Edited by Suzy Fox and Terri R. Lituchy
Chapter 12: Job Attitudes in an Anglophone Caribbean Country: The Case of Barbados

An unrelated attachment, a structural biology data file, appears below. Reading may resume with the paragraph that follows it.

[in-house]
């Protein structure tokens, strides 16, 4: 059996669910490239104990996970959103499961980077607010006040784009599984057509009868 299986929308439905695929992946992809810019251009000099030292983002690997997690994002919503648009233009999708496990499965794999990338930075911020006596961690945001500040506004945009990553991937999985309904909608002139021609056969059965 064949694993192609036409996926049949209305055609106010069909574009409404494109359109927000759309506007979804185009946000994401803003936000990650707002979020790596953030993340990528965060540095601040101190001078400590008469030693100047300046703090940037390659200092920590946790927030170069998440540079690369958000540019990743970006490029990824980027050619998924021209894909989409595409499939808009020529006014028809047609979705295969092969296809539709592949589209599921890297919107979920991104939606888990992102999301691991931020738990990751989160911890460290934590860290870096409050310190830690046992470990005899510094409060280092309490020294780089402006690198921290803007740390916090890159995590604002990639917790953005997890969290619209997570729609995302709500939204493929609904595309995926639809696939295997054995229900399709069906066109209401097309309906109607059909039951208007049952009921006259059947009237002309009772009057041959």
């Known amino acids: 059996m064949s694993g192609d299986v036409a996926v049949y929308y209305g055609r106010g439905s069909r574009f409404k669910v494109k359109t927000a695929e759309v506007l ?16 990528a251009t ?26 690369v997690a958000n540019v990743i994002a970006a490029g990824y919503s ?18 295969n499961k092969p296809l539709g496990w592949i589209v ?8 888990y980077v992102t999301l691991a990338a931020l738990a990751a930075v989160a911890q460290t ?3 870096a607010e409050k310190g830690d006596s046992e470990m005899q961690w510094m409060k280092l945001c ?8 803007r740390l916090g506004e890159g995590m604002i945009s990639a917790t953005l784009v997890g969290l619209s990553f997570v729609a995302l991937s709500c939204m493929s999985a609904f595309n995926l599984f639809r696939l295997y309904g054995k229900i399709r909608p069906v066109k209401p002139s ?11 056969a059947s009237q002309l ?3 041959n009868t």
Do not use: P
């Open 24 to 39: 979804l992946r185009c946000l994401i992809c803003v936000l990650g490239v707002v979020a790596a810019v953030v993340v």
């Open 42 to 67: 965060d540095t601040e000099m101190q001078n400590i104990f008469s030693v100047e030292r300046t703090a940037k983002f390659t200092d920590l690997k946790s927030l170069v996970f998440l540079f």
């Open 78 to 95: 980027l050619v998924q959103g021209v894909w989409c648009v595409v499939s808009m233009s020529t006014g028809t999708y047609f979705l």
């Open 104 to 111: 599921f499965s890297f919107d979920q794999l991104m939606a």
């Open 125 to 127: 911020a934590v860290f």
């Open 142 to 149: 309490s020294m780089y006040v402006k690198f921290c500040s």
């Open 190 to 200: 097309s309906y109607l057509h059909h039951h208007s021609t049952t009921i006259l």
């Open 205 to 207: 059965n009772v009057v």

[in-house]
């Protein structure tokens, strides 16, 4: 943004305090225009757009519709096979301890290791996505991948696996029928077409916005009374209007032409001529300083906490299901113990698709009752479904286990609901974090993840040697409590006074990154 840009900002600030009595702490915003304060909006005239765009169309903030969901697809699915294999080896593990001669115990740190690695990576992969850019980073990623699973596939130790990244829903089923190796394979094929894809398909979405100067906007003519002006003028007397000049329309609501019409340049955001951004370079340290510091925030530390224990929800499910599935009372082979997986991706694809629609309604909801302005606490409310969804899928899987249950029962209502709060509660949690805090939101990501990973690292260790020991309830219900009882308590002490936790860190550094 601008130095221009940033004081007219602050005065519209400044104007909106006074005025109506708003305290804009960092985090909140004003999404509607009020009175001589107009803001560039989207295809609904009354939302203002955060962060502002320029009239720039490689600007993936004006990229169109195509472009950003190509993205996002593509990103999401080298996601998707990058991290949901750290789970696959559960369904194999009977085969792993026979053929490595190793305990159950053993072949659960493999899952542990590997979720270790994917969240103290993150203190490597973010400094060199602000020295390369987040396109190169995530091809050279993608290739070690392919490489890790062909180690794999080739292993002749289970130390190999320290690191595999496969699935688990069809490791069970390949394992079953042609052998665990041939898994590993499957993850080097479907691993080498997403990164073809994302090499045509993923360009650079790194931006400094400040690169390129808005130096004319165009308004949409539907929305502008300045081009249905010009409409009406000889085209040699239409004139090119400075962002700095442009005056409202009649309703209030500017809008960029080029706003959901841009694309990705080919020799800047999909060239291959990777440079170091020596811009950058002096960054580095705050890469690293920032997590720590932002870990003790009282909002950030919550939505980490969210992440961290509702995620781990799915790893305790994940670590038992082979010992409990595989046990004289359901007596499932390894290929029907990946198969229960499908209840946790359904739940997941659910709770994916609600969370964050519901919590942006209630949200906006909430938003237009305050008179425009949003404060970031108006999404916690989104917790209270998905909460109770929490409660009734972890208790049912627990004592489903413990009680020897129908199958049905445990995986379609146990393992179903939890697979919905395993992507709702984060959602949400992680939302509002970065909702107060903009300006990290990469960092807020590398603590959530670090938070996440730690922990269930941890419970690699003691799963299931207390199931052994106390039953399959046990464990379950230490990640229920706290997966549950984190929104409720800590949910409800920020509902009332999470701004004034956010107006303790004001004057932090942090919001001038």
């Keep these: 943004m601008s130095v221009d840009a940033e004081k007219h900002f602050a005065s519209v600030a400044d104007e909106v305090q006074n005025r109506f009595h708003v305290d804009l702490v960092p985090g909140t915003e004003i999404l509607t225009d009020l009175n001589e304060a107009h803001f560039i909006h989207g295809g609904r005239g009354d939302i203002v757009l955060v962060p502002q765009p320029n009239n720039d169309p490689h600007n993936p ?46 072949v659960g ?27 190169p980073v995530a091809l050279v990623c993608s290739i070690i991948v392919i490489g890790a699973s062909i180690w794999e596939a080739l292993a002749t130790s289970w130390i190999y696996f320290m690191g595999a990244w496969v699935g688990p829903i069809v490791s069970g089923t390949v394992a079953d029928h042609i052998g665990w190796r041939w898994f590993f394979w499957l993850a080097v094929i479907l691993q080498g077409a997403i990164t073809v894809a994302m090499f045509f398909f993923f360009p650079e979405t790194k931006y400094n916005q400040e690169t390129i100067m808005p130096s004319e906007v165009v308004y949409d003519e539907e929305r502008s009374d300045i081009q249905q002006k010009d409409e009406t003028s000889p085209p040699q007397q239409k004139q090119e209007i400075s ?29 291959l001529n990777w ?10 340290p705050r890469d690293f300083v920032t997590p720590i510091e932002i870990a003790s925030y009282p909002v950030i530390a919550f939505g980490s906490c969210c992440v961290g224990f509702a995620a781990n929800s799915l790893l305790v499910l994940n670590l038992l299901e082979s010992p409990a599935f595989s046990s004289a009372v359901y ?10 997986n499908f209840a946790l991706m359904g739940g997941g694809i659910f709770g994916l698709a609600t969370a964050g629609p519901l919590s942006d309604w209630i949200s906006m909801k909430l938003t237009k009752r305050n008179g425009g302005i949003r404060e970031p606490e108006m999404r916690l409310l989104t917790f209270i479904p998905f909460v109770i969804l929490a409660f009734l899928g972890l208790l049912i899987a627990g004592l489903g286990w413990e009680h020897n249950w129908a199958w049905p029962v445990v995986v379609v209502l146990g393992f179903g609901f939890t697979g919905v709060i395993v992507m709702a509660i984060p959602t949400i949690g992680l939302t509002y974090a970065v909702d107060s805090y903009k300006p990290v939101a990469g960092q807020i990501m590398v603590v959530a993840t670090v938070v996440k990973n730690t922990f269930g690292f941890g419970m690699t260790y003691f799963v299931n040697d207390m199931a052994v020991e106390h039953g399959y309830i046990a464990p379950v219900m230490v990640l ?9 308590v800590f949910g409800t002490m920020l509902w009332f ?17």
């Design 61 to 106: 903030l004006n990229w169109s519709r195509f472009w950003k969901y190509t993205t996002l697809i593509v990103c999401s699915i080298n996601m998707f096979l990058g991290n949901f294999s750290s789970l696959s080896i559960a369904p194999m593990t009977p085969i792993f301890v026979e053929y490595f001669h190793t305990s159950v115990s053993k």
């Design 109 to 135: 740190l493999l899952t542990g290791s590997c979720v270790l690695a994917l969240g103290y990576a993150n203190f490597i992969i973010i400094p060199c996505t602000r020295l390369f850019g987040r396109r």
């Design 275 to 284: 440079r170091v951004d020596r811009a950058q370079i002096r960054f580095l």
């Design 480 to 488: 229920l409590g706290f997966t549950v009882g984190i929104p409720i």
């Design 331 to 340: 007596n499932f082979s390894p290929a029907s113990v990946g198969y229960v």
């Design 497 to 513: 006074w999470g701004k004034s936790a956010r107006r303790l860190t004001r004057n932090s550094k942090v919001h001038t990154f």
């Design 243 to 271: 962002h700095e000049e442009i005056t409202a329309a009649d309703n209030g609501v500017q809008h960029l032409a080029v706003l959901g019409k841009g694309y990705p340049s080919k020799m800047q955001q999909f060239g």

Betty Jane Punnett, Priscilla A. Glidden, Carol Mulder and Dion Greenidge INTRODUCTION This chapter discusses the results of research on job attitudes in Barbados, an English-speaking country in the Caribbean. We use the results of this research to discuss how gender relates to job attitudes, such as satisfaction, loyalty, and perceptions of justice, as well as health and stress. In turn, we relate gender differences to counterproductive work behaviors and the dysfunctional workplace, and make suggestions for improvements in the workplace. Job performance is increasingly considered as encompassing constructs such as organizational citizenship behavior and counterproductive work behavior, and Dalal’s meta-analysis (Dalal, 2005) indicated a modest relationship between job performance and these behaviors. In a review of studies of gender and organization culture, Punnett (2010) identified a number of gender issues that can contribute to a dysfunctional workplace, and argued that these would have an impact on organizational performance. The results of the Barbados study are discussed in this context. We begin the chapter with a brief discussion of the global situation for women in the workplace. We then discuss general findings on job attitudes and gender and how these relate to counterproductive behaviors that result in a dysfunctional workplace. This is followed by a discussion of the findings in Barbados. Finally we offer suggestions for improving the workplace for women, overcoming counterproductive behaviors and making the workplace more functional and productive. The situation of women around the world is that they are not equal in the workplace. The World...
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